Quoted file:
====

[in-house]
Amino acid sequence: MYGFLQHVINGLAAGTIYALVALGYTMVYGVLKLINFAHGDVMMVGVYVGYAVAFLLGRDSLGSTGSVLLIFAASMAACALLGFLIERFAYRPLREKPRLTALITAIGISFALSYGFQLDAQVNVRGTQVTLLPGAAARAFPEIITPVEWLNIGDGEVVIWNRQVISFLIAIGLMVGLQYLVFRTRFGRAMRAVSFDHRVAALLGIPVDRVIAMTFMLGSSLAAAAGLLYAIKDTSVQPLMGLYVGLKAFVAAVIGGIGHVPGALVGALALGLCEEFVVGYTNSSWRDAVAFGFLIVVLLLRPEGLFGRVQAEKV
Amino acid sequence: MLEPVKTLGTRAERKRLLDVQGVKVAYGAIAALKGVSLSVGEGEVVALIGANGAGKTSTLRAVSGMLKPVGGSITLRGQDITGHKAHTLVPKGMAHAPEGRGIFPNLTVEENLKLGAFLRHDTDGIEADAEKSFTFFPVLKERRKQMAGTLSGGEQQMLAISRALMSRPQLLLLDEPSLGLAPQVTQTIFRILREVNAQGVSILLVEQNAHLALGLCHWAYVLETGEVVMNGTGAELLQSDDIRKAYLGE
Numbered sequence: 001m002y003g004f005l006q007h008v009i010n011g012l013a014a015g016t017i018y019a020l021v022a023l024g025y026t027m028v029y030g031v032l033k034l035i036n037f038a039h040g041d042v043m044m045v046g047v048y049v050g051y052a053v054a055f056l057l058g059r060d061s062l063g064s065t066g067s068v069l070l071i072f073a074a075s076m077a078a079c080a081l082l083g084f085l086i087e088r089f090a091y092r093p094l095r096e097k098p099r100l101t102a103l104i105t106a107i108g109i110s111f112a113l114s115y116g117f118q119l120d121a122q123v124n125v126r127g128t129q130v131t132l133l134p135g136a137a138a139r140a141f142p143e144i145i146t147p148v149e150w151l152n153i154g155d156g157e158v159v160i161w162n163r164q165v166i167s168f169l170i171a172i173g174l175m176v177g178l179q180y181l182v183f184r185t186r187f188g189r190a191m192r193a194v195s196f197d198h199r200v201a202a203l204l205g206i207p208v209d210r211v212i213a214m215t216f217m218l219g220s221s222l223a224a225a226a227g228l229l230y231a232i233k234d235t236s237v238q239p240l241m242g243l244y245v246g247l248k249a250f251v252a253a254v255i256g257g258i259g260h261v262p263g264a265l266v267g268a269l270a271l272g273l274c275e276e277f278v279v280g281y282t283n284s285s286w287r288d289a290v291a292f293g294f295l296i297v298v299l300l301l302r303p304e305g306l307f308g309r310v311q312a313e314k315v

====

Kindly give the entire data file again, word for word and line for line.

[in-house]
Amino acid sequence: MYGFLQHVINGLAAGTIYALVALGYTMVYGVLKLINFAHGDVMMVGVYVGYAVAFLLGRDSLGSTGSVLLIFAASMAACALLGFLIERFAYRPLREKPRLTALITAIGISFALSYGFQLDAQVNVRGTQVTLLPGAAARAFPEIITPVEWLNIGDGEVVIWNRQVISFLIAIGLMVGLQYLVFRTRFGRAMRAVSFDHRVAALLGIPVDRVIAMTFMLGSSLAAAAGLLYAIKDTSVQPLMGLYVGLKAFVAAVIGGIGHVPGALVGALALGLCEEFVVGYTNSSWRDAVAFGFLIVVLLLRPEGLFGRVQAEKV
Amino acid sequence: MLEPVKTLGTRAERKRLLDVQGVKVAYGAIAALKGVSLSVGEGEVVALIGANGAGKTSTLRAVSGMLKPVGGSITLRGQDITGHKAHTLVPKGMAHAPEGRGIFPNLTVEENLKLGAFLRHDTDGIEADAEKSFTFFPVLKERRKQMAGTLSGGEQQMLAISRALMSRPQLLLLDEPSLGLAPQVTQTIFRILREVNAQGVSILLVEQNAHLALGLCHWAYVLETGEVVMNGTGAELLQSDDIRKAYLGE
Numbered sequence: 001m002y003g004f005l006q007h008v009i010n011g012l013a014a015g016t017i018y019a020l021v022a023l024g025y026t027m028v029y030g031v032l033k034l035i036n037f038a039h040g041d042v043m044m045v046g047v048y049v050g051y052a053v054a055f056l057l058g059r060d061s062l063g064s065t066g067s068v069l070l071i072f073a074a075s076m077a078a079c080a081l082l083g084f085l086i087e088r089f090a091y092r093p094l095r096e097k098p099r100l101t102a103l104i105t106a107i108g109i110s111f112a113l114s115y116g117f118q119l120d121a122q123v124n125v126r127g128t129q130v131t132l133l134p135g136a137a138a139r140a141f142p143e144i145i146t147p148v149e150w151l152n153i154g155d156g157e158v159v160i161w162n163r164q165v166i167s168f169l170i171a172i173g174l175m176v177g178l179q180y181l182v183f184r185t186r187f188g189r190a191m192r193a194v195s196f197d198h199r200v201a202a203l204l205g206i207p208v209d210r211v212i213a214m215t216f217m218l219g220s221s222l223a224a225a226a227g228l229l230y231a232i233k234d235t236s237v238q239p240l241m242g243l244y245v246g247l248k249a250f251v252a253a254v255i256g257g258i259g260h261v262p263g264a265l266v267g268a269l270a271l272g273l274c275e276e277f278v279v280g281y282t283n284s285s286w287r288d289a290v291a292f293g294f295l296i297v298v299l300l301l302r303p304e305g306l307f308g309r310v311q312a313e314k315v